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Abstract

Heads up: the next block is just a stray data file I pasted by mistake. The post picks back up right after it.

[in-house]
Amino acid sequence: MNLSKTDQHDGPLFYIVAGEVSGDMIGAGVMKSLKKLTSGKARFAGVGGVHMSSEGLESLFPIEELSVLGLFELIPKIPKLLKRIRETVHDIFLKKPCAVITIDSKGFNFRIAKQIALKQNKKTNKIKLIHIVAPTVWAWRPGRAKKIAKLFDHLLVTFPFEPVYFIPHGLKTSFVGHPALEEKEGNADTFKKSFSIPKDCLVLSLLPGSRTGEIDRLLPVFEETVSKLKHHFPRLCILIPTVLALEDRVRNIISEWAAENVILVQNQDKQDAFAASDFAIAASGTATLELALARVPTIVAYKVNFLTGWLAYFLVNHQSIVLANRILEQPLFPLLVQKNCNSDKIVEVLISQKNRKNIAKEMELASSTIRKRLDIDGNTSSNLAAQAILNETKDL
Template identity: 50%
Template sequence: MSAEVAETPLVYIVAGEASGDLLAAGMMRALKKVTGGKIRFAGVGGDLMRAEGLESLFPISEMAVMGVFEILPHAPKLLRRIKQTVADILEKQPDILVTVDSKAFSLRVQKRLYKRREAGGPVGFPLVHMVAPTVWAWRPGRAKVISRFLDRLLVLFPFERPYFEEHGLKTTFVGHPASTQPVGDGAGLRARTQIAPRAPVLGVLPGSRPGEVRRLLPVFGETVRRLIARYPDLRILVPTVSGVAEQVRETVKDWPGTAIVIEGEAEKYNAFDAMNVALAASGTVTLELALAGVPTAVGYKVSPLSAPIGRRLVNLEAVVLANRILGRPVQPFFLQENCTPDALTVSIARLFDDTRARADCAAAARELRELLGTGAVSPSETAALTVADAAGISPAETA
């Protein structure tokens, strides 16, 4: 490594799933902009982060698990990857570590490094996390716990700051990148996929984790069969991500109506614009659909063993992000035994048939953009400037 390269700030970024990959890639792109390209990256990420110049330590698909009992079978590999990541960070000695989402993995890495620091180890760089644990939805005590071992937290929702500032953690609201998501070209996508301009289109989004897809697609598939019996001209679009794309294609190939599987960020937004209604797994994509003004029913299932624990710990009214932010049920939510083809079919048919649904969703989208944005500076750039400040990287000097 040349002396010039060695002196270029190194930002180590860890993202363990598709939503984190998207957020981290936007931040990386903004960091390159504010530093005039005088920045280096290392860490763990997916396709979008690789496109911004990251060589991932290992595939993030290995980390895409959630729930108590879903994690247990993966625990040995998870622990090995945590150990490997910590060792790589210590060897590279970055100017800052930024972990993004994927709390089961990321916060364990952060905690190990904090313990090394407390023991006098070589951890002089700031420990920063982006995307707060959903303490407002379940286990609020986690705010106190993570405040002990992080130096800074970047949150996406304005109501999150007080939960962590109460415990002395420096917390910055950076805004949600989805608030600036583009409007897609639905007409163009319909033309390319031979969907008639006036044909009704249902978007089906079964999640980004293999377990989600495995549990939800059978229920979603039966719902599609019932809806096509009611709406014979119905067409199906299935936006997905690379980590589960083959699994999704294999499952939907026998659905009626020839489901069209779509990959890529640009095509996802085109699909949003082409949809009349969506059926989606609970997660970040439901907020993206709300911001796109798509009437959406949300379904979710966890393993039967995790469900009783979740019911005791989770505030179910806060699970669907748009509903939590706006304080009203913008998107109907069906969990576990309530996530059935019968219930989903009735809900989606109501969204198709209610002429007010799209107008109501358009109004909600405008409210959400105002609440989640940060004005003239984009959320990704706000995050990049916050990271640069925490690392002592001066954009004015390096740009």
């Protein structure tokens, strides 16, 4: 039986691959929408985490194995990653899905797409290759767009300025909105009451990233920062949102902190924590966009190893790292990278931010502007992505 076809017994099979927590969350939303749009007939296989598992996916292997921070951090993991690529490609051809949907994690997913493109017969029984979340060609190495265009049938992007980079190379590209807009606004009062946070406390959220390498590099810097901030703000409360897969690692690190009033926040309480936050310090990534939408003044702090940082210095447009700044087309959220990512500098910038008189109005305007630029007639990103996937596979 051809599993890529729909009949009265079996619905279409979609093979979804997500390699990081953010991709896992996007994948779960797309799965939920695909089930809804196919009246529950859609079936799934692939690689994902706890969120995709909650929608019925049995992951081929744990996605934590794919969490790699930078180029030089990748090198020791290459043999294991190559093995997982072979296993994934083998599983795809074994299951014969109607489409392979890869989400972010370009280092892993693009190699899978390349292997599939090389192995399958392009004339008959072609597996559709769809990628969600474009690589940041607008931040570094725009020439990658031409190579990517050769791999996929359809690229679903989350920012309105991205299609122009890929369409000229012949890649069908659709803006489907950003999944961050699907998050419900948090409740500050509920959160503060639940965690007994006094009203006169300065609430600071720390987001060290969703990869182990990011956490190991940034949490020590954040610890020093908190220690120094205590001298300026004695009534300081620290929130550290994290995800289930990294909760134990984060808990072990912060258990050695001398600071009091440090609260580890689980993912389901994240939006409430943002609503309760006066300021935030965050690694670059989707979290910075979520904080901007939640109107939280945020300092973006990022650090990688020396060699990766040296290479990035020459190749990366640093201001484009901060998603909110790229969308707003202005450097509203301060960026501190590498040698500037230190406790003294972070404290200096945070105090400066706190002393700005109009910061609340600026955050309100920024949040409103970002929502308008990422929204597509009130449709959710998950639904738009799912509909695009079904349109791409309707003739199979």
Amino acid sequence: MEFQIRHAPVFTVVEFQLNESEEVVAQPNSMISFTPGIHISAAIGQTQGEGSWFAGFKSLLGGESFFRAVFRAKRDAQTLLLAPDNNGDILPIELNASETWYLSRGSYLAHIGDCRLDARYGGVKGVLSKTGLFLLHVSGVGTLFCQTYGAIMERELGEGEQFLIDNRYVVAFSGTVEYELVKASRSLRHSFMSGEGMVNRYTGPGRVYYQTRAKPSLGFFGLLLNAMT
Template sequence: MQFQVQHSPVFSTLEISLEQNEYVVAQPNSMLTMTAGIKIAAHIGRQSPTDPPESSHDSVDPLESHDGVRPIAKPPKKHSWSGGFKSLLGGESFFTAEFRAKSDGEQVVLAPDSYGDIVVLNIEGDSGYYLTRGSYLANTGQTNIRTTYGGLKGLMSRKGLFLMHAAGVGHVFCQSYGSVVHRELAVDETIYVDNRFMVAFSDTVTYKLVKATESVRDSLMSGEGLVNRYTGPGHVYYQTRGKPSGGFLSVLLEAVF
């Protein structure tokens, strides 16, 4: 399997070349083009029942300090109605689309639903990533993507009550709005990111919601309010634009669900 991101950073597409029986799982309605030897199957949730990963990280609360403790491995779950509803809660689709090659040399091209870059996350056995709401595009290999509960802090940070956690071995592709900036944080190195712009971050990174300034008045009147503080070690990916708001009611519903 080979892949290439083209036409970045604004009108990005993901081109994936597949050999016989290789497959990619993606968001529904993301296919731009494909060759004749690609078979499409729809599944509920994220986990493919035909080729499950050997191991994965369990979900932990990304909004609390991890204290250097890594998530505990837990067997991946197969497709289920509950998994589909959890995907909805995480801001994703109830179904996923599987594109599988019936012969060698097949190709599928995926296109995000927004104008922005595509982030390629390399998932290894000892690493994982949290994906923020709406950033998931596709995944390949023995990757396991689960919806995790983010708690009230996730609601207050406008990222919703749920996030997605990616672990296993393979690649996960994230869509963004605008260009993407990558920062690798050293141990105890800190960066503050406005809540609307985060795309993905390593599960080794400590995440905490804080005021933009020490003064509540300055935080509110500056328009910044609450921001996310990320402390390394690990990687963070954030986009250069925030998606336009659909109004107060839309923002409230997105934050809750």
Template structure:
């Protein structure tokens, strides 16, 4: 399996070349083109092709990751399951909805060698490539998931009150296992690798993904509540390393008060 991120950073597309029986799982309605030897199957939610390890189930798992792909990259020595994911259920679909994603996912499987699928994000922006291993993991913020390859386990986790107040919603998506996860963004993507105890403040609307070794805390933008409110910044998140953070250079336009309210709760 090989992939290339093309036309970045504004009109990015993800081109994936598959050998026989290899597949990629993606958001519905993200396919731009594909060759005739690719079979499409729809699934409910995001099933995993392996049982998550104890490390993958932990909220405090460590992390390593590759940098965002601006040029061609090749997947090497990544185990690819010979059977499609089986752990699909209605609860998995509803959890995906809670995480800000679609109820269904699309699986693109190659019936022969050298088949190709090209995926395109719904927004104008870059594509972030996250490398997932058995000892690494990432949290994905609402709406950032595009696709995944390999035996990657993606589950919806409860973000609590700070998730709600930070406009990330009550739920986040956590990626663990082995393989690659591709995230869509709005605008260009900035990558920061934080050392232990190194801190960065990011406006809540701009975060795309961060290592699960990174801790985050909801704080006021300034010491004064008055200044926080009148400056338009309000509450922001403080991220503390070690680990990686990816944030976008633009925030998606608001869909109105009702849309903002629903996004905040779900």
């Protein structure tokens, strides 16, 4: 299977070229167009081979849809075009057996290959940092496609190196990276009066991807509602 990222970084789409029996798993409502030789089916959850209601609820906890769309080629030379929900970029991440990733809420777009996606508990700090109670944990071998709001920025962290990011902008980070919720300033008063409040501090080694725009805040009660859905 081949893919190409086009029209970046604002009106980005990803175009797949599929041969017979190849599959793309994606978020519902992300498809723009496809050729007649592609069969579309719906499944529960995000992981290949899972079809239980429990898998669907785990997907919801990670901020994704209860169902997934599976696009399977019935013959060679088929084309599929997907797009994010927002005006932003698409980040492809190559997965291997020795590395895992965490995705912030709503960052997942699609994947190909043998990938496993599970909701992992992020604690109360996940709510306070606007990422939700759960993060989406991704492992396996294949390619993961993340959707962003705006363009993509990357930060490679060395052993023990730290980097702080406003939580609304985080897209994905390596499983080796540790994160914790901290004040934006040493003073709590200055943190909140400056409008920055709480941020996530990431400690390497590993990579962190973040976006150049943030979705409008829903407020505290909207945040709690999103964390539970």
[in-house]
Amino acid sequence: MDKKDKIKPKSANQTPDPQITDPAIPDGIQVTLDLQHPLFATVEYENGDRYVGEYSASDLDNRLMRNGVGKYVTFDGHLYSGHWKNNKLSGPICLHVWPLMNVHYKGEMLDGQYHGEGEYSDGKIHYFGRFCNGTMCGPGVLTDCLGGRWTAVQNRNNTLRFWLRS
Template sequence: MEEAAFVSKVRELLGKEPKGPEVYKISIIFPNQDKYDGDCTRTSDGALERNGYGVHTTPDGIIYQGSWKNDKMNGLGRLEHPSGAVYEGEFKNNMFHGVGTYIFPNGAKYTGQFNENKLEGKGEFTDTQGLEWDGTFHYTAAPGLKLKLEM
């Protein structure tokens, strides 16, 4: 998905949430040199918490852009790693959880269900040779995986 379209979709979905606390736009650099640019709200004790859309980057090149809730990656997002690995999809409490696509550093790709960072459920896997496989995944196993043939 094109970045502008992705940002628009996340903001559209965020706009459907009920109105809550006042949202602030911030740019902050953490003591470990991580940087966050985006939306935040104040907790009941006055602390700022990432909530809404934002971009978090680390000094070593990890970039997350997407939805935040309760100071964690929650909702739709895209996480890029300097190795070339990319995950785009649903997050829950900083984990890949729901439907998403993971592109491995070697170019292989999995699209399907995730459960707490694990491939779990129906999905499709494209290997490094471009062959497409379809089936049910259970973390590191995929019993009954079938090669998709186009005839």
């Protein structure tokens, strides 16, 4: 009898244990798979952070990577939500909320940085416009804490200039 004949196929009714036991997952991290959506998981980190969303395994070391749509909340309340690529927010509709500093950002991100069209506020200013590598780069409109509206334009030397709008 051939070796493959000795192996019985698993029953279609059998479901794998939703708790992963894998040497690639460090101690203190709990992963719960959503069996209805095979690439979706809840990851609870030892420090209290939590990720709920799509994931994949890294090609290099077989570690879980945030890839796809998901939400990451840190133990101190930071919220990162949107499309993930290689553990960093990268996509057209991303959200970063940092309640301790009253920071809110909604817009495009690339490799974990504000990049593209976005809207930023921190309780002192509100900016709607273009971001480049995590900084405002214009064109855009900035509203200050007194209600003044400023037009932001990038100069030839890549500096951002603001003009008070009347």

This paper lays out the practical and theoretical characteristics of formally empowered deliberation as a distinctive subset of deliberative processes. As part of a recent broad shift toward a more deliberative conception of democratic politics, participatory deliberative processes increasingly have been formally empowered as part of democratic governance. Governments have moved to delegate authority and deliberative responsibility from elite bodies to lay publics more quickly than scholars have been able to fully identify the implications of this institutionalization for the quality of both deliberation and democracy. This paper describes the emerging characteristics of formally empowered deliberation as a distinctive subset of deliberative processes, in which deliberation between members of the general public is given credible formal authority over policy development and decision making. We first develop a clearer conceptualization of empowered deliberation within the general trend toward participatory governance. We also review critical and supportive perspectives on empowered deliberation, making explicit tradeoffs inherent in the decision to develop an empowered deliberative process. Next, we identify four key dimensions of variation in the design of empowered deliberative institutions, in particular embeddedness in the social/ political context and the scope of authority of the deliberative decision. To illustrate these dimensions, we discuss key cases from around the world, noting which forms of empowered deliberation have seen less common innovation and documentation. Finally, we briefly consider how specific processes may become empowered or transform over time, as they transition from experimental or one-off pilot projects to recurring and institutionalized aspects of democratic governance.